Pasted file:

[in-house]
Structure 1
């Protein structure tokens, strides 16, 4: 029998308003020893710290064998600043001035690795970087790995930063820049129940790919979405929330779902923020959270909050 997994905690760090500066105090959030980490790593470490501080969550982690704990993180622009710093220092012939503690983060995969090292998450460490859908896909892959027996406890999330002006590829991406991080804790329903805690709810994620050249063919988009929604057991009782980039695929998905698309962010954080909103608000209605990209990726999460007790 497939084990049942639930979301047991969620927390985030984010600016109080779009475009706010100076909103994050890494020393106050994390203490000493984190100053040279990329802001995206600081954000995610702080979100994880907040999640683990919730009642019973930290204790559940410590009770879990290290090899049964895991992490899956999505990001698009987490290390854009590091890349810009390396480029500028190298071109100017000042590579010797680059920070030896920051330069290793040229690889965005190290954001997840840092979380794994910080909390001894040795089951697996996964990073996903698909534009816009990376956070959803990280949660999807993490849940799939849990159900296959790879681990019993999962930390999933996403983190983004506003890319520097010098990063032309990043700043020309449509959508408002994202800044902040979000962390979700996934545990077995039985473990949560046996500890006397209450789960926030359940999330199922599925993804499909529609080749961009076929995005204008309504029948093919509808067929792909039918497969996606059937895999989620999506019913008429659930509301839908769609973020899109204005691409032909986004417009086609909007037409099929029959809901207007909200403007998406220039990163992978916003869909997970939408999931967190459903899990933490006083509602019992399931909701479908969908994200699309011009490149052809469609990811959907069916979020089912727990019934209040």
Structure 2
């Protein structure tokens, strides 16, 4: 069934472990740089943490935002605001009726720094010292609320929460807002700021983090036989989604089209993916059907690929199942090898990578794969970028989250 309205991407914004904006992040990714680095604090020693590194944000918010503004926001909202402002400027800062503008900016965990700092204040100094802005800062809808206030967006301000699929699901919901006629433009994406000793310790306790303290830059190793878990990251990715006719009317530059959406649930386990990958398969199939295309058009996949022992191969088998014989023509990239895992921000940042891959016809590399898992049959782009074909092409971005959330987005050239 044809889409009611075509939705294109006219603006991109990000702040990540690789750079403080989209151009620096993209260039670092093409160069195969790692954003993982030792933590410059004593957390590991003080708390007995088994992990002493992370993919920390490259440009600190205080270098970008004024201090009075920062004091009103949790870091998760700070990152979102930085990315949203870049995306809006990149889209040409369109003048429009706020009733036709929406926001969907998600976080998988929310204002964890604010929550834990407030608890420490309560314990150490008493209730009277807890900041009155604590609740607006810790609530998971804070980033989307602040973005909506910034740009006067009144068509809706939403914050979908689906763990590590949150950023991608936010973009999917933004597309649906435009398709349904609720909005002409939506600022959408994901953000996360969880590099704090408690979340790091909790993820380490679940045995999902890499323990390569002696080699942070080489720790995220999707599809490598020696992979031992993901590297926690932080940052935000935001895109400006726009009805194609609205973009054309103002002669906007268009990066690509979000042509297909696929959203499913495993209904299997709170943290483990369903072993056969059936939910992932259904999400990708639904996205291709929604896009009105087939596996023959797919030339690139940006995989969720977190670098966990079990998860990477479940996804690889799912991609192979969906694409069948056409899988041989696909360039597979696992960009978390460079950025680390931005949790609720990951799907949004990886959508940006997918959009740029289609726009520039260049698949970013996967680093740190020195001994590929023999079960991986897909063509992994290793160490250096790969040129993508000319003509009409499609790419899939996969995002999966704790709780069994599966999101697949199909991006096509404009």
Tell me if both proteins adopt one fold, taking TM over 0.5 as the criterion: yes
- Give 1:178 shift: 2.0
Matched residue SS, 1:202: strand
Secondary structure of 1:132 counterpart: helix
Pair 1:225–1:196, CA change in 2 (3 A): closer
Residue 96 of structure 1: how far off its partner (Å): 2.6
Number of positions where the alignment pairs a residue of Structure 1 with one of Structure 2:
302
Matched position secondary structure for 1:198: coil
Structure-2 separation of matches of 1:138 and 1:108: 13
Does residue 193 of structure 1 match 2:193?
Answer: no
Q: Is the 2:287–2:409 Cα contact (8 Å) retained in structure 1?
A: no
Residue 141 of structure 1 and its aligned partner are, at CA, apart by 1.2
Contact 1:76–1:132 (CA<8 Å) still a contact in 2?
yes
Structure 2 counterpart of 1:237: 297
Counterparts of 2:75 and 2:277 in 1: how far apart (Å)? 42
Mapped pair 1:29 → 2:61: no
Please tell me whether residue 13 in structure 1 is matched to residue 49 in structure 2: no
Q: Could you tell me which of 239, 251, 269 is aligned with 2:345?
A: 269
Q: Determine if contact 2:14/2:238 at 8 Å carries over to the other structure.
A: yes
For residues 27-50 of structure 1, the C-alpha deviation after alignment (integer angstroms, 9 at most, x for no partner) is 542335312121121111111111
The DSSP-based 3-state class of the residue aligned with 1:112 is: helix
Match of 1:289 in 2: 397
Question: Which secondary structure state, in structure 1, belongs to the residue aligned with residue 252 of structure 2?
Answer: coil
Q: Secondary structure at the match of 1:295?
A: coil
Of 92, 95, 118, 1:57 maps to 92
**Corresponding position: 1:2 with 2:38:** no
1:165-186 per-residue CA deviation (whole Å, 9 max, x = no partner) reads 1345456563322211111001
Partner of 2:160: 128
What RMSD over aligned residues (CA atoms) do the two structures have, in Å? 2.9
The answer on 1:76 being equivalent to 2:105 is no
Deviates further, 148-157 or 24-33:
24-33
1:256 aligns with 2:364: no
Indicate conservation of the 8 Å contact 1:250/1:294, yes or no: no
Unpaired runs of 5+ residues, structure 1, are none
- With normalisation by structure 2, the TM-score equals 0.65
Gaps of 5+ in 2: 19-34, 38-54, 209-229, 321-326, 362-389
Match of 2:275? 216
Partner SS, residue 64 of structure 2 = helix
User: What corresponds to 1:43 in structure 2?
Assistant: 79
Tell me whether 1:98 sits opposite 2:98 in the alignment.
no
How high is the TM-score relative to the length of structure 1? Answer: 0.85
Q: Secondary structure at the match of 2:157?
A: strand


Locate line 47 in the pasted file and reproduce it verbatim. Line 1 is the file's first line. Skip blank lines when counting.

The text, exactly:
Indicate conservation of the 8 Å contact 1:250/1:294, yes or no: no